Winter Grazing

Planting Time
Itís fall, the temperatures are dropping and the leaves are changing to beautiful hues of red, yellow and orange. It is also time to plant winter grazing. If this seems like a bad idea to you consider the following: The more green forage you have in your pasture the less hay you will have to buy. Green forage is high in water content and reduces your horsesí chance of colic due to impaction during cold weather. Green forage is more nutritious than dried hay, softer and easier to chew for older horses and high in vitamin A content.
Your land will thank you as well. Well established crops reduce erosion during heavy rains. Green fields of grass provide a welcome source of color in a bleak winter landscape.

You can plant several types of seed for winter grazing including oats, rye and rye grass. Ryegrass grows like grass, does not produce a long stalk and the seed is readily available at a variety of stores.

There is a program called the Soil Conservation Program that is administered through the County Extension Service. Most counties offer a no-till planter that can be used to plant fields and pastures. A no-till planter is a piece of equipment that creates a tiny furrow, places the seed in the furrow and then covers the seed back over. The seed is evenly spaced and is not available for birds to scavenge.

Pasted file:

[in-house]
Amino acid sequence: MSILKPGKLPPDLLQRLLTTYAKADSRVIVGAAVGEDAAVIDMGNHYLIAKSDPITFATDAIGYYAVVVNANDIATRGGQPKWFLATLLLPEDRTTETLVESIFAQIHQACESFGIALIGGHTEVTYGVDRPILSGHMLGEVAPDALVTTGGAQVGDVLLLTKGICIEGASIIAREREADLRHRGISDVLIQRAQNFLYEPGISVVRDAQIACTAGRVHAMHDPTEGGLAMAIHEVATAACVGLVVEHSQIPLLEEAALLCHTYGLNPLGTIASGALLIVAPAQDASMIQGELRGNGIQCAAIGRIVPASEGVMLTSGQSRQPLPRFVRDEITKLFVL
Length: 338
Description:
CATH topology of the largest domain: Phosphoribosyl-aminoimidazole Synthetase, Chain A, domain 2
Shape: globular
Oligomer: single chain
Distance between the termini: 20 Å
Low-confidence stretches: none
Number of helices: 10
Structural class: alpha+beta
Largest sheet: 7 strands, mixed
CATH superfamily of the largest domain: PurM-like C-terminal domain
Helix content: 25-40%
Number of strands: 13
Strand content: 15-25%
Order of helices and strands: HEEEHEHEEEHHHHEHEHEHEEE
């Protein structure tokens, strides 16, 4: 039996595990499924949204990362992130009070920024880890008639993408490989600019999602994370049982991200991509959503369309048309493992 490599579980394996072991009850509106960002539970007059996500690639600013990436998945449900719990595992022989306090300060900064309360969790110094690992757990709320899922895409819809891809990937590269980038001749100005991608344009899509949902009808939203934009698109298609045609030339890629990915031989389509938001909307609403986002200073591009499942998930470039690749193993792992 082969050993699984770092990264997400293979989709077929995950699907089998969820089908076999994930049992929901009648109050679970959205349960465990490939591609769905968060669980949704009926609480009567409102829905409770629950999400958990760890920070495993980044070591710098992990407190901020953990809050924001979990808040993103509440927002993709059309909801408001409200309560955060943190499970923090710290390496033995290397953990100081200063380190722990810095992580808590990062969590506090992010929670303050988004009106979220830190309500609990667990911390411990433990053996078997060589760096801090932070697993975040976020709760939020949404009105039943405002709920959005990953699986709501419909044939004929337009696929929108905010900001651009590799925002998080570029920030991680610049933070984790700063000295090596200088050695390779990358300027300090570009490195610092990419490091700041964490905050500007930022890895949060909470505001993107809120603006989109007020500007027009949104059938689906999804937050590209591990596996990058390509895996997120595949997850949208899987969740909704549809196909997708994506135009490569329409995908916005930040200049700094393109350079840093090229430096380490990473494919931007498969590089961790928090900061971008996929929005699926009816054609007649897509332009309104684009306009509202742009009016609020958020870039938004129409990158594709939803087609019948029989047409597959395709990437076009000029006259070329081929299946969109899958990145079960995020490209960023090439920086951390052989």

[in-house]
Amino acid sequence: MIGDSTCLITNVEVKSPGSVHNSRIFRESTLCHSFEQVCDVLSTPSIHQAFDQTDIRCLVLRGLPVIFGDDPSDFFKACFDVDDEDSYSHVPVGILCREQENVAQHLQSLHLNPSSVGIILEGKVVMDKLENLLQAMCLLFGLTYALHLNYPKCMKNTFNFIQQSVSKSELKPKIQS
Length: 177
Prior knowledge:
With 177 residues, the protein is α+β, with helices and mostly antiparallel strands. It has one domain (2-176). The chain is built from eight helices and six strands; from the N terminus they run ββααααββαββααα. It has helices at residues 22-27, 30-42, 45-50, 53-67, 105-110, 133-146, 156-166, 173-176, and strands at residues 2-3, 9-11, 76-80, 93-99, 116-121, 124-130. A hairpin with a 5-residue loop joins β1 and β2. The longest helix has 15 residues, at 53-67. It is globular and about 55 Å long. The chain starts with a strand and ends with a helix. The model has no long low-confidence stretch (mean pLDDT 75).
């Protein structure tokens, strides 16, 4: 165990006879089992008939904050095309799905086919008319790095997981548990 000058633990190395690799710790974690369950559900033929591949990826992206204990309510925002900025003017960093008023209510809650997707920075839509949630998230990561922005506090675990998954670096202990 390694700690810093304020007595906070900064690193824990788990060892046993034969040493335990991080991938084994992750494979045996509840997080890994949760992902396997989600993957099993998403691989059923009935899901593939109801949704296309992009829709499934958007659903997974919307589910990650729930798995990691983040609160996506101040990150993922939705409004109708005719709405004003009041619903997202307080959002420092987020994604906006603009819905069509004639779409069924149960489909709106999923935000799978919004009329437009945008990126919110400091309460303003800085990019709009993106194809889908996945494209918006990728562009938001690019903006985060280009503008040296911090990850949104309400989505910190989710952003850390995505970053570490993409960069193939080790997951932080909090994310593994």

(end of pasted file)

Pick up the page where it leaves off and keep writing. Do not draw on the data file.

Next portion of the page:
Meet Mr. Gene Brunson from Reynolds , GA. Mr. Brunson operates the no-till planter for the Ocmulgee Soil Conservation District. He travels with his equipment to plant fields. The Ocmulgee district includes Crawford, Taylor, Talbot, Peach & Bibb counties. Other counties should have a planter as well. You can arrange to have Mr. Brunson plant your fields if you so desire. The fee for planting is $20 per acre for fields less than 25 acres. You will need to furnish your own seed. We recommend 40-50 pounds of seed per acre when using ryegrass.

To contact Mr. Brunson:
I hope that youíll consider adding winter grazing for your farm, I think youíll enjoy the many benefits.